BACKGROUND OF THE INVENTION

With the advent of the World Wide Web, and the increased use of the Internet for shopping and other financial transactions, one's personal and identification information is more readily available to others than ever before. More traditional ways of obtaining identity information are also still in use by criminals intent on fraud. Regardless of how identity information is obtained by a criminal, once it is used for fraud, there is a significant cost to both the person whose identity information was stolen, and the businesses and institutions who were on the other side of the fraudulent transaction. Therefore, financial institutions, merchants and consumers are always searching for better ways to protect themselves from identity fraud losses.

There are many methods currently used to prevent identity fraud. Typically, these methods focus on three aspects of identity verification. The first is verification that the identity documents presented by a party are legitimate. This usually involves checking a database or other authoritative source to confirm that a document presented is authentic. For instance, a bank may check a state's Department of Motor Vehicles database to confirm that a driver's license presented during a transaction is authentic and unexpired. The second aspect of verification focuses on verifying that the person represented by the identity information or document is an actual person. For example, a merchant may verify that the name, address, and phone number presented on a credit application actually exist and are related to one another. A third aspect of identity verification involves verifying that the person presenting identity information is actually the person whose identity is represented by the information. There are many ways to do this, including questioning the potential customer on their alleged background using historical and background information derived from a variety of sources, and employing biometric verification (for example, matching a person's fingerprint with a fingerprint contained on a credit card or driver's license.) “Out of band” methods are also used, such as when an identity verification service generates a random number and calls the mobile phone associated with a credit card to provide the number to the owner of the card, who then provides it to the merchant to verify that the card owner is the person attempting to use the card.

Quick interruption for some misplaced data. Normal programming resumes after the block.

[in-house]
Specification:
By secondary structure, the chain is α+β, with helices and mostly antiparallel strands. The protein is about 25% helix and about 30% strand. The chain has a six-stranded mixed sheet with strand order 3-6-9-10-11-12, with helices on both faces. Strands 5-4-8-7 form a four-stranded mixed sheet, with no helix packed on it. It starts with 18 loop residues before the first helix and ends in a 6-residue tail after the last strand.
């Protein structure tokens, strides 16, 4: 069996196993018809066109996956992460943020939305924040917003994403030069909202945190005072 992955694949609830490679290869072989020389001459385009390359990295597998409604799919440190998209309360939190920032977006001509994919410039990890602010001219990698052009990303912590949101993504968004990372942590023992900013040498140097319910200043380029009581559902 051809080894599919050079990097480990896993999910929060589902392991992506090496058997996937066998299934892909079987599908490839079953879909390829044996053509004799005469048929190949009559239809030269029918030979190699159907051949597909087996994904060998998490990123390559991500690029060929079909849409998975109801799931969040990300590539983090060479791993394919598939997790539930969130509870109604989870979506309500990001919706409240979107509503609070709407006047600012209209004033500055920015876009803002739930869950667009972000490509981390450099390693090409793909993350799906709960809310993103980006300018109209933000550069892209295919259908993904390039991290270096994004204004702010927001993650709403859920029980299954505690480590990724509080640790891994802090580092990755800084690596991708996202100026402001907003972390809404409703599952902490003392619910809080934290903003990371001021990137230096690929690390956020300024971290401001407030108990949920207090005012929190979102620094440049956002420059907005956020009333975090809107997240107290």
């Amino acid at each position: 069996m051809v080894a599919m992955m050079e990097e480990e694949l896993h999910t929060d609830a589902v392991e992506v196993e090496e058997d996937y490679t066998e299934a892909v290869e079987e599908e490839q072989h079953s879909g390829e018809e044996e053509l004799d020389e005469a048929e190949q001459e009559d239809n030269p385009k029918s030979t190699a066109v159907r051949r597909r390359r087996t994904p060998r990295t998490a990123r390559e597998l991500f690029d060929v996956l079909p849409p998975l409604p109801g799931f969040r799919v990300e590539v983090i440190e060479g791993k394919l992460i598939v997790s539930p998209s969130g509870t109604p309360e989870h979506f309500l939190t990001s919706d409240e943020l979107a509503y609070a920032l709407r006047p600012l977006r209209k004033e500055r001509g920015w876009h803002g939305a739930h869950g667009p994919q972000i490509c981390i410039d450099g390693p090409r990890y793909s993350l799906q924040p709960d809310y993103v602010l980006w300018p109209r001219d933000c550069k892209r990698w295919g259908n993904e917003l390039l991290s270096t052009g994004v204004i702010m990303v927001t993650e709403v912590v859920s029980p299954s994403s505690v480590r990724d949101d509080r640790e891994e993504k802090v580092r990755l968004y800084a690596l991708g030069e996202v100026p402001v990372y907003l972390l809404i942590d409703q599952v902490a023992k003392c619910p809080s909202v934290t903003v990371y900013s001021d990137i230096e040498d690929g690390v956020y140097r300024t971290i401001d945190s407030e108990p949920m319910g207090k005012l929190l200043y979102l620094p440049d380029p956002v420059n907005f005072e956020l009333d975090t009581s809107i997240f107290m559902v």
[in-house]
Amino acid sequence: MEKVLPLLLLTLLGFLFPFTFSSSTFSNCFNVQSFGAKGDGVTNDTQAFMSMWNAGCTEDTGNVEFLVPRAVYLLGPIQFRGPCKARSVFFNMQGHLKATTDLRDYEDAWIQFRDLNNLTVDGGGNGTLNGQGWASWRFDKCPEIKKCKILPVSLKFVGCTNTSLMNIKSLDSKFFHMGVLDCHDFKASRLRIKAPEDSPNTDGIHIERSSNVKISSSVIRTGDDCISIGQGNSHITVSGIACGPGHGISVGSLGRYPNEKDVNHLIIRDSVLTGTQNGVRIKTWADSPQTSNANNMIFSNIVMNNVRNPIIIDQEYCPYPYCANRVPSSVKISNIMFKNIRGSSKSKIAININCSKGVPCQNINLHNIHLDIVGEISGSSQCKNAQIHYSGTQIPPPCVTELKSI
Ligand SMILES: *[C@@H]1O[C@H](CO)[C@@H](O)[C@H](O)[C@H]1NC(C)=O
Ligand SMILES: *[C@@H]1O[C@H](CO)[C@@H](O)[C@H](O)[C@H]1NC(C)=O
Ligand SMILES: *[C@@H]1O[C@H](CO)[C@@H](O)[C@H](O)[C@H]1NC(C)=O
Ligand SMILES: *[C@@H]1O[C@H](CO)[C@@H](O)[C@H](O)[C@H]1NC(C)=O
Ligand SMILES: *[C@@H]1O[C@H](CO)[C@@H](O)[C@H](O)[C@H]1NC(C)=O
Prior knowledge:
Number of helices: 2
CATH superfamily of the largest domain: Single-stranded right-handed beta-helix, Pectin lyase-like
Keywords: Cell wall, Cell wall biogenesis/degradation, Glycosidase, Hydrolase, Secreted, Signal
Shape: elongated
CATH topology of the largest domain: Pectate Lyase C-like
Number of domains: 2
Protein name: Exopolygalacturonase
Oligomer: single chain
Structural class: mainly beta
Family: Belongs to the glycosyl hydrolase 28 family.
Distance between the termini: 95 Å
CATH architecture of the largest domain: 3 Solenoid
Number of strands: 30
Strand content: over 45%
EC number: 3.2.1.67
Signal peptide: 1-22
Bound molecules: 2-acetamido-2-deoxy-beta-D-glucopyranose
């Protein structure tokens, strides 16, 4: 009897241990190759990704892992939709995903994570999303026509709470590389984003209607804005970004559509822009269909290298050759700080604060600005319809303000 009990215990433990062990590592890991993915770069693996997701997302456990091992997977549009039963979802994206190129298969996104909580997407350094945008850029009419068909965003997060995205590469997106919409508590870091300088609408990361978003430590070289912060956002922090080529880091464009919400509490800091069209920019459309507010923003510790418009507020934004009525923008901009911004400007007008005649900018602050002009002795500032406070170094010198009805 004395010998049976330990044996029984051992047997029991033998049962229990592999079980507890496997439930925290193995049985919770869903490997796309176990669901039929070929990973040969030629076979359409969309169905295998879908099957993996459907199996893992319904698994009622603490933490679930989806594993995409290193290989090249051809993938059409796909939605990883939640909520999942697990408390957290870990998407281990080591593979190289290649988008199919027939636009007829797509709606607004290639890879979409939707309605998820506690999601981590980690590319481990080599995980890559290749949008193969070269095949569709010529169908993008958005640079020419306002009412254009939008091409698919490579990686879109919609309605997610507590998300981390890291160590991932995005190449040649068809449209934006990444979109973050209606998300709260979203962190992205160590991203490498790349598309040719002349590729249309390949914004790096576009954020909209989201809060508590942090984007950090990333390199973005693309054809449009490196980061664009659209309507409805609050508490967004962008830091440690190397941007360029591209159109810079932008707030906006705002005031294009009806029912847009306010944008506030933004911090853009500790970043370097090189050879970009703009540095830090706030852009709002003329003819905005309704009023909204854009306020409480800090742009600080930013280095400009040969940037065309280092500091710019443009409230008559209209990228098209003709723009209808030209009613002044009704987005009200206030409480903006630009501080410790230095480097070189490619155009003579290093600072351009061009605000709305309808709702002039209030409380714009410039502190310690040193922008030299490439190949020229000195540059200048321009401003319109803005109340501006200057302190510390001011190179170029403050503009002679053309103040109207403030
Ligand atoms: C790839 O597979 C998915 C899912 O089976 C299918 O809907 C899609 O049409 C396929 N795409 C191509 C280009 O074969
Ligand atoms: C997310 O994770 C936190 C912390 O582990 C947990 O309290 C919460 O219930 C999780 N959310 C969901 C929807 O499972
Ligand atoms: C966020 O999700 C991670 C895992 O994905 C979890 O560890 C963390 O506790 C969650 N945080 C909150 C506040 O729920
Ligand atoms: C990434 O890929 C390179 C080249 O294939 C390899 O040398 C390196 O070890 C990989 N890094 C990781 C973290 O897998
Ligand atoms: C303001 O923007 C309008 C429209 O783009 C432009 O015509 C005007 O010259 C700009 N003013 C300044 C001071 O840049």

While verifying an identity using any of the variety of methods and systems available is a good way to prevent identity fraud and may stop the bulk of fraudulent activities, no identity verification system is going to catch every false identity. As long as determined criminals are intent on fraudulently using identities to acquire goods and services, there will be some successful identity fraud transactions. Therefore, there is a need in the art for a way to protect the victims of such fraud by minimizing their losses from identity fraud.

SUMMARY OF THE INVENTION

The present invention is generally directed to a method of warranting an identity verification system used in a financial transaction. An identity verification system is employed by one party when two parties begin a financial transaction. The system employed may be any of those currently available or yet to be developed. The identity verification system is coupled with a warranty which protects the user of the method in the event that a party fraudulently representing their identity is able to successfully verify a false identity despite not being the person claimed. The warranty provides for reimbursement of losses due to fraudulence in the transaction and may also provide reimbursement of related expenses. The warranty may be combined with insurance, to further mitigate losses and lessen the costs of maintaining the warranty. Other aspects of the present invention are described below.

BRIEF DESCRIPTION OF THE DRAWINGS

The foregoing summary as well as the following detailed description of the invention are better understood when read in conjunction with the appended drawing. In the drawing:

FIG. 1 is a flow diagram of an example method of verifying a party's identity and utilizing a warranty in the event that the verification was incorrect.

DETAILED DESCRIPTION OF THE INVENTION